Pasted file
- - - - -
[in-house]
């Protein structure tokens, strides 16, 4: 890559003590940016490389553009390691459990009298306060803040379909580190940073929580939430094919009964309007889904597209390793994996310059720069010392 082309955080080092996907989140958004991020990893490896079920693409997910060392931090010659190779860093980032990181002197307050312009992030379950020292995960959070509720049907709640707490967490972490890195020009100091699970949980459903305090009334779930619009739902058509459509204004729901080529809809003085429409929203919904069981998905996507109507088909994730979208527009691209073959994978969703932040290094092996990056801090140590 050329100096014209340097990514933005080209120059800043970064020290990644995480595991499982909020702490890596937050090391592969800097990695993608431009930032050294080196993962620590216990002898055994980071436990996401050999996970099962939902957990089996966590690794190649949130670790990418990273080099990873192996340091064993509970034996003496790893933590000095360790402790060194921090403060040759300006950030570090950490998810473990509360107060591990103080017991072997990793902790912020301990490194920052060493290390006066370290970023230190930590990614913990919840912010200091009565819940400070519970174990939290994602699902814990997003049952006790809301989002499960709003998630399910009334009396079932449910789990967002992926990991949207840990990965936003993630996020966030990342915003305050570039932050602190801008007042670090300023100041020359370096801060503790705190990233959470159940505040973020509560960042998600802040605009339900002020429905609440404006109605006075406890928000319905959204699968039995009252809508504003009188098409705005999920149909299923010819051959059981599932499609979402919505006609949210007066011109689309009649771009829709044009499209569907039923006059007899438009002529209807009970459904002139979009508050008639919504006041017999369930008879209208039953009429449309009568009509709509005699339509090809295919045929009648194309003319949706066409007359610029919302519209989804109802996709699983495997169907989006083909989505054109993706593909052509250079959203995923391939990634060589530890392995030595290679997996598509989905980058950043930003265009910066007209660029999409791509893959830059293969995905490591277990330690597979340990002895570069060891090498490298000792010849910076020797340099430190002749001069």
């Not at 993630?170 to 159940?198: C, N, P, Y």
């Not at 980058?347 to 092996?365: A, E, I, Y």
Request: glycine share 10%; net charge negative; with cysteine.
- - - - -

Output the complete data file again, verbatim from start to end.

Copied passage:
[in-house]
């Protein structure tokens, strides 16, 4: 890559003590940016490389553009390691459990009298306060803040379909580190940073929580939430094919009964309007889904597209390793994996310059720069010392 082309955080080092996907989140958004991020990893490896079920693409997910060392931090010659190779860093980032990181002197307050312009992030379950020292995960959070509720049907709640707490967490972490890195020009100091699970949980459903305090009334779930619009739902058509459509204004729901080529809809003085429409929203919904069981998905996507109507088909994730979208527009691209073959994978969703932040290094092996990056801090140590 050329100096014209340097990514933005080209120059800043970064020290990644995480595991499982909020702490890596937050090391592969800097990695993608431009930032050294080196993962620590216990002898055994980071436990996401050999996970099962939902957990089996966590690794190649949130670790990418990273080099990873192996340091064993509970034996003496790893933590000095360790402790060194921090403060040759300006950030570090950490998810473990509360107060591990103080017991072997990793902790912020301990490194920052060493290390006066370290970023230190930590990614913990919840912010200091009565819940400070519970174990939290994602699902814990997003049952006790809301989002499960709003998630399910009334009396079932449910789990967002992926990991949207840990990965936003993630996020966030990342915003305050570039932050602190801008007042670090300023100041020359370096801060503790705190990233959470159940505040973020509560960042998600802040605009339900002020429905609440404006109605006075406890928000319905959204699968039995009252809508504003009188098409705005999920149909299923010819051959059981599932499609979402919505006609949210007066011109689309009649771009829709044009499209569907039923006059007899438009002529209807009970459904002139979009508050008639919504006041017999369930008879209208039953009429449309009568009509709509005699339509090809295919045929009648194309003319949706066409007359610029919302519209989804109802996709699983495997169907989006083909989505054109993706593909052509250079959203995923391939990634060589530890392995030595290679997996598509989905980058950043930003265009910066007209660029999409791509893959830059293969995905490591277990330690597979340990002895570069060891090498490298000792010849910076020797340099430190002749001069």
């Not at 993630?170 to 159940?198: C, N, P, Y």
């Not at 980058?347 to 092996?365: A, E, I, Y």
Request: glycine share 10%; net charge negative; with cysteine.